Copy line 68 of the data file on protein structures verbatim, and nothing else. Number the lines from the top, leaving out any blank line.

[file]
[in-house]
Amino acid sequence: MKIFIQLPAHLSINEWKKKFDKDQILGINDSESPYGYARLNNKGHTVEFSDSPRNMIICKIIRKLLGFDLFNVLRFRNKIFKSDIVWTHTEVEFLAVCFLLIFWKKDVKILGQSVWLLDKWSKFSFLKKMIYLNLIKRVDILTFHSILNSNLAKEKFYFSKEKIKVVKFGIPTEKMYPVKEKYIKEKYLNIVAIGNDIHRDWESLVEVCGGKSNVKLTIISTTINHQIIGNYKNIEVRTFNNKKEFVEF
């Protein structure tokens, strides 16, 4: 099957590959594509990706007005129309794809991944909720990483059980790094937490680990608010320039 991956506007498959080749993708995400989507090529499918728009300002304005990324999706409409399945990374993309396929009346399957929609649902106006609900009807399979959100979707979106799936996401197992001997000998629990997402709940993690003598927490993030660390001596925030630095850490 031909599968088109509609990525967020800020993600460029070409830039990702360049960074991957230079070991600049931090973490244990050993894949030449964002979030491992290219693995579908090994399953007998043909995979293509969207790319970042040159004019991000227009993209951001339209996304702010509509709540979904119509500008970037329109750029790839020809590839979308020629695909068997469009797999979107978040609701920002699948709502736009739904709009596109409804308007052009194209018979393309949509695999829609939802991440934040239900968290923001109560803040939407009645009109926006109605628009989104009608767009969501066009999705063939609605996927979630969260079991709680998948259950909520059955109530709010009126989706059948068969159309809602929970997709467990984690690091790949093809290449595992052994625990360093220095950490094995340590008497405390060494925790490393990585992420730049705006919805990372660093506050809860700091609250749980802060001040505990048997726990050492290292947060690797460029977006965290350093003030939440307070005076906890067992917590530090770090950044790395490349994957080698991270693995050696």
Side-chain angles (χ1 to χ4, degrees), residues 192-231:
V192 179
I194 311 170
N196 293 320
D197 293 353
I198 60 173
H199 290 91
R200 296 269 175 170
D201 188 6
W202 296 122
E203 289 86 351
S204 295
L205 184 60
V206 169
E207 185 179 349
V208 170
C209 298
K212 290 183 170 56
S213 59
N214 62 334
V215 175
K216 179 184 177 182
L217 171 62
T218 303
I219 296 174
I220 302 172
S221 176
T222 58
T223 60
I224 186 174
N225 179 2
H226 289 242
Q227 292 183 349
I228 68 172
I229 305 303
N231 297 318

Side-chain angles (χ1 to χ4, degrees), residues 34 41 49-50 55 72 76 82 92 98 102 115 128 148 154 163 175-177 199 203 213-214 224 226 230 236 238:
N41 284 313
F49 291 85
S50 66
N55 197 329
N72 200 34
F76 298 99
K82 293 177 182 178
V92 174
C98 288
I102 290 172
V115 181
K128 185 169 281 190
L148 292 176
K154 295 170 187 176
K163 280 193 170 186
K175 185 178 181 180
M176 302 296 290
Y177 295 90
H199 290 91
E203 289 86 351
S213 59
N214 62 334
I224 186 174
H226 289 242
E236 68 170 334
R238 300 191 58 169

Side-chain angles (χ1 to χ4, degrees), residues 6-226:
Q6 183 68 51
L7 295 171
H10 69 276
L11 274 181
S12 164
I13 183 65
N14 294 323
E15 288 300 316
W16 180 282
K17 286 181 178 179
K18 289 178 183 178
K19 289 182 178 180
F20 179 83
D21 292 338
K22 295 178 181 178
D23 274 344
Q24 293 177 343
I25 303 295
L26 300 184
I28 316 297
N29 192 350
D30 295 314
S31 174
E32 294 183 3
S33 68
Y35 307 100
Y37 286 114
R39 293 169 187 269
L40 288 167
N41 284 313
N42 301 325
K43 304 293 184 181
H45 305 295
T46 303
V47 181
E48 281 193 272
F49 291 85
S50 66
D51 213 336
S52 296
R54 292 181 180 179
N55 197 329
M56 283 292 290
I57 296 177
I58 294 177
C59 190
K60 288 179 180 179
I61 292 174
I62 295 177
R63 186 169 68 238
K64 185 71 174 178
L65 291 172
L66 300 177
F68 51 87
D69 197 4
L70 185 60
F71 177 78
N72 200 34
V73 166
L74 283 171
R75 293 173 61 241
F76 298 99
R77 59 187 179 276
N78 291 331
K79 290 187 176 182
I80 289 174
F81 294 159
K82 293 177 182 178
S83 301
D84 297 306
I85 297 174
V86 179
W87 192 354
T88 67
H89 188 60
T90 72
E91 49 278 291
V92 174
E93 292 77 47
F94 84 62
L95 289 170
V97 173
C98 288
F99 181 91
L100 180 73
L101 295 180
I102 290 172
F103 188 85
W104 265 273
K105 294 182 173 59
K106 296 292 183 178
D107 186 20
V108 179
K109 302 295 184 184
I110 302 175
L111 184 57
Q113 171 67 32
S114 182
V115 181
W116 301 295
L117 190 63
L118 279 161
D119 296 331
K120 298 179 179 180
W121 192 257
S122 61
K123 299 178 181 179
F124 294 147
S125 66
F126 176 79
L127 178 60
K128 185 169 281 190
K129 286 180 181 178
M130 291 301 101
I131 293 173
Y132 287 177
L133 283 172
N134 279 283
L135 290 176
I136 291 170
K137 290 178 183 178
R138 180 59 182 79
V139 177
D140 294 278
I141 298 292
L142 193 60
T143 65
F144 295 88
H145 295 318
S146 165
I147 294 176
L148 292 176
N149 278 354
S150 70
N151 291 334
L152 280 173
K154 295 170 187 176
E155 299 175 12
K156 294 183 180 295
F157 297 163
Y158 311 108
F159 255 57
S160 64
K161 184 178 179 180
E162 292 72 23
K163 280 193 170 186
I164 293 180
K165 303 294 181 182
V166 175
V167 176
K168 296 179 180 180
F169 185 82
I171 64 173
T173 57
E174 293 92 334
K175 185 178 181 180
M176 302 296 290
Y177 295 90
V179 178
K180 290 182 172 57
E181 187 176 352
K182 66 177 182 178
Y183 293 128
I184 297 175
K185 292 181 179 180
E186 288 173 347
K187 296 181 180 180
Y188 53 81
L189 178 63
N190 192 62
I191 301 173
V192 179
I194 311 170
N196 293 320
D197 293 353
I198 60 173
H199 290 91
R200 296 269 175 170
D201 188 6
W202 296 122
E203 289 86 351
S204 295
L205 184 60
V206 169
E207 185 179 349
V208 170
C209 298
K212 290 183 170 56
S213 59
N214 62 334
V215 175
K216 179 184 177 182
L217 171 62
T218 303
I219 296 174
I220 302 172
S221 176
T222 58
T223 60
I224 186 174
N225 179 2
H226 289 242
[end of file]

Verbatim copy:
Q6 183 68 51